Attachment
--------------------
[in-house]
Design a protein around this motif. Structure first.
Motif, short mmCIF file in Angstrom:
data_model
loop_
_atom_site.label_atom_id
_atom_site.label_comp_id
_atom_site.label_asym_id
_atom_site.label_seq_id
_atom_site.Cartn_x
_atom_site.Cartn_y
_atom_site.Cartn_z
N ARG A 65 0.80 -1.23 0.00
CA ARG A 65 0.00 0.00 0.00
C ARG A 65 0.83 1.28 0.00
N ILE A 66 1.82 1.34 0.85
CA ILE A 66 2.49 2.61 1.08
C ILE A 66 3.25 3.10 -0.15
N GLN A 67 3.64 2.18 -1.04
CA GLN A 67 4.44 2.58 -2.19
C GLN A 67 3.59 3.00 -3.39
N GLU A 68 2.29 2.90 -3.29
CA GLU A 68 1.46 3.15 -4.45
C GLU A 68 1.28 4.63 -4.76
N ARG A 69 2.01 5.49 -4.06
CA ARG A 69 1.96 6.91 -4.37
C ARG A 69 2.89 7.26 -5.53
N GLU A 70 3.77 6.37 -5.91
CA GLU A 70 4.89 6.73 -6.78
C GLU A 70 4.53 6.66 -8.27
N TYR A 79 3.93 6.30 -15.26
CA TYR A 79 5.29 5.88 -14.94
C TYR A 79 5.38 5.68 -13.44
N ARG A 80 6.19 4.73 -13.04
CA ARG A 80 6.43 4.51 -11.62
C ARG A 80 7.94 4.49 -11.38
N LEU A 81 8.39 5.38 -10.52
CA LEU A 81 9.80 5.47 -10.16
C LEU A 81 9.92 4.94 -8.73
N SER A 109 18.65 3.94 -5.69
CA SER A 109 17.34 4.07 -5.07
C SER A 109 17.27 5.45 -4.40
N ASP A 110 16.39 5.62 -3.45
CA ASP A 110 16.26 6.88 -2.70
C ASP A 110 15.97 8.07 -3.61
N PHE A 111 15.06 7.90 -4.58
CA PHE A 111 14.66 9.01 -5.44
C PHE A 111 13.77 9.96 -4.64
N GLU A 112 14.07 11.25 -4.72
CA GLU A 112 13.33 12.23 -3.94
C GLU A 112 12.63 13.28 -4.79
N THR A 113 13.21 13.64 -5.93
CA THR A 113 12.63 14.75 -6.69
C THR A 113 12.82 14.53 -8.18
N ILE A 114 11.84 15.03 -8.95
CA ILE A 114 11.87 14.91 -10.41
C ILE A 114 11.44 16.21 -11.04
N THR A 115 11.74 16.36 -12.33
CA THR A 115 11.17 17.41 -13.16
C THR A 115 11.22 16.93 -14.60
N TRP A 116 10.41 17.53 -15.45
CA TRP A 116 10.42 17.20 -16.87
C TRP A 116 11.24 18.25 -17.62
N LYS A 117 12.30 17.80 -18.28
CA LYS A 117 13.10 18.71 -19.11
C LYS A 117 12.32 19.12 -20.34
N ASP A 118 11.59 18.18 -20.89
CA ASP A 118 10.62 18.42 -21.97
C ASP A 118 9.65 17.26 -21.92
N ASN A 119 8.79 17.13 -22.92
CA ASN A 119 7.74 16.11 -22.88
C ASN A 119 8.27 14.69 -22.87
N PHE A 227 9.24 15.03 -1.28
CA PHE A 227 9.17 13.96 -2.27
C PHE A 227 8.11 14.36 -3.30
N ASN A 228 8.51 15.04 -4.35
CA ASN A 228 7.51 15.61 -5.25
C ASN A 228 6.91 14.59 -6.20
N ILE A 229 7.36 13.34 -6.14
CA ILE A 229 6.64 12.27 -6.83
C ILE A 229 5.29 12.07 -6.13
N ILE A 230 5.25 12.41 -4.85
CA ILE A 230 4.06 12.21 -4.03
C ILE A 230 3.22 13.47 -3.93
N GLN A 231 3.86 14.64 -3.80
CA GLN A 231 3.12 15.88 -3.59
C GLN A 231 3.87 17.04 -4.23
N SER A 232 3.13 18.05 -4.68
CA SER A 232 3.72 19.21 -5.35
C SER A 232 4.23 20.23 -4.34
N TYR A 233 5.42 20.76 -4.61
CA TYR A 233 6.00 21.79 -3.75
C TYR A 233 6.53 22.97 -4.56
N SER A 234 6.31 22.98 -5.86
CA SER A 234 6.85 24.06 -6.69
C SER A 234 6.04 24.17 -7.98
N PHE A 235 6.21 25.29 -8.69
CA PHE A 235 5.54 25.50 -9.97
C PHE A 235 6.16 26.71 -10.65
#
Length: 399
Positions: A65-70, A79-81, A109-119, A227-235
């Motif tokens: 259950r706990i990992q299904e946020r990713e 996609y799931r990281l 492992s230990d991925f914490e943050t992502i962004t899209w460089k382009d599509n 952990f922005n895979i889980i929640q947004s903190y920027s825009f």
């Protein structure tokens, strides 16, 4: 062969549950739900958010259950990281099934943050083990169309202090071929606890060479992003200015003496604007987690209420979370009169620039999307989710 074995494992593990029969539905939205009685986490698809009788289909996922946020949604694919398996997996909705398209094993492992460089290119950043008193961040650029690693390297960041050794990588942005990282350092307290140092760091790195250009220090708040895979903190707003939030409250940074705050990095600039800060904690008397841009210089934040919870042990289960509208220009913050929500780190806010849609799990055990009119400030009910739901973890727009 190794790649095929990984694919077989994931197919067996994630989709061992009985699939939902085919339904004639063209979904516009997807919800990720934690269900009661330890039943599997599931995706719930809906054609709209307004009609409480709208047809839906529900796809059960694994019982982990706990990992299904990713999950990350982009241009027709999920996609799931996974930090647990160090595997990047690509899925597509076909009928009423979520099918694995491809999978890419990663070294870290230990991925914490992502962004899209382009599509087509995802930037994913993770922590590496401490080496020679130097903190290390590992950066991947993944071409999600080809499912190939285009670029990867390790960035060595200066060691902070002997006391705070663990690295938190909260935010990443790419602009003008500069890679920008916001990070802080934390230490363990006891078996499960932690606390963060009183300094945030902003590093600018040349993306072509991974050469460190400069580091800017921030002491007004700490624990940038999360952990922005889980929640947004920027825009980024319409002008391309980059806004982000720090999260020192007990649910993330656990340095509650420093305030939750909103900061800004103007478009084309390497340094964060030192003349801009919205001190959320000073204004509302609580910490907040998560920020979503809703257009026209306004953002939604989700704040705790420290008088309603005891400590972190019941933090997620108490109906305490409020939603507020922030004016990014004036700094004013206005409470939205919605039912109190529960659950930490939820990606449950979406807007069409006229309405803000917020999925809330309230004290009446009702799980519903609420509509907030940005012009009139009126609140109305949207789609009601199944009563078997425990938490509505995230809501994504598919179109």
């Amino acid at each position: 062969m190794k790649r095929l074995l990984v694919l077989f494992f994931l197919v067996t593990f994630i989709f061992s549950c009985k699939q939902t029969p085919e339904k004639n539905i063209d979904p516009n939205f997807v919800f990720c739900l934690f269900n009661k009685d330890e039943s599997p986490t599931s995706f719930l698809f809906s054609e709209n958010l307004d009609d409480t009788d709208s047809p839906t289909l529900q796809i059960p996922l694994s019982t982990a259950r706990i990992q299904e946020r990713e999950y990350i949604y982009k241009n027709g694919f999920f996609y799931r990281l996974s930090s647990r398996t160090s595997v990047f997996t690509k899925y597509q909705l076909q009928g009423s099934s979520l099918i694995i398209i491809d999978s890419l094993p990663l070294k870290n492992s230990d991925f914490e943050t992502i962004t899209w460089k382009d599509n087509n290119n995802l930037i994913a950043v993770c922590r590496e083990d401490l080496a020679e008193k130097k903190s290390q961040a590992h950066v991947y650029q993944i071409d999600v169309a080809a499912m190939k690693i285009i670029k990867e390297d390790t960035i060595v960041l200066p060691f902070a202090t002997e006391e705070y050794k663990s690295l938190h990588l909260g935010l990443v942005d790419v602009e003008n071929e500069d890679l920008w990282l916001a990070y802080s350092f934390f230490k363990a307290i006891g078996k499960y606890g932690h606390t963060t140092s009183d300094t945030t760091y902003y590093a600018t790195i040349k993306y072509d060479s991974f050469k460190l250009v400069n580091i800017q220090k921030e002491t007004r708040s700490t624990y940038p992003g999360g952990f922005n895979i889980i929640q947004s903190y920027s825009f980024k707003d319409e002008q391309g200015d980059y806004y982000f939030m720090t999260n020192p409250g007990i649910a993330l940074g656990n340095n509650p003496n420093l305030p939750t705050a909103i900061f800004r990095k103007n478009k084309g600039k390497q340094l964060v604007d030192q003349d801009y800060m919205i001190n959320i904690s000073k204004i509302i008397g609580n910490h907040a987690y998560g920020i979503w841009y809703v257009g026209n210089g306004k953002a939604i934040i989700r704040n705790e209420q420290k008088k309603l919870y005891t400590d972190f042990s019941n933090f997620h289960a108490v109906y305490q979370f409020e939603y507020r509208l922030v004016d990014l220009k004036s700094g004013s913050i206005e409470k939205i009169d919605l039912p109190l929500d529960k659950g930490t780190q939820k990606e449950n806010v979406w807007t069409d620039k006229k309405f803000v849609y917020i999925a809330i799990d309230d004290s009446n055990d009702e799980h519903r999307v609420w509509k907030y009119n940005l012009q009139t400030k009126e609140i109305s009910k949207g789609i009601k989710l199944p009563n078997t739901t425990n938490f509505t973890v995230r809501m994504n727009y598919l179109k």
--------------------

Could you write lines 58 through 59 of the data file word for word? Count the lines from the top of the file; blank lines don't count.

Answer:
N THR A 115 11.74 16.36 -12.33
CA THR A 115 11.17 17.41 -13.16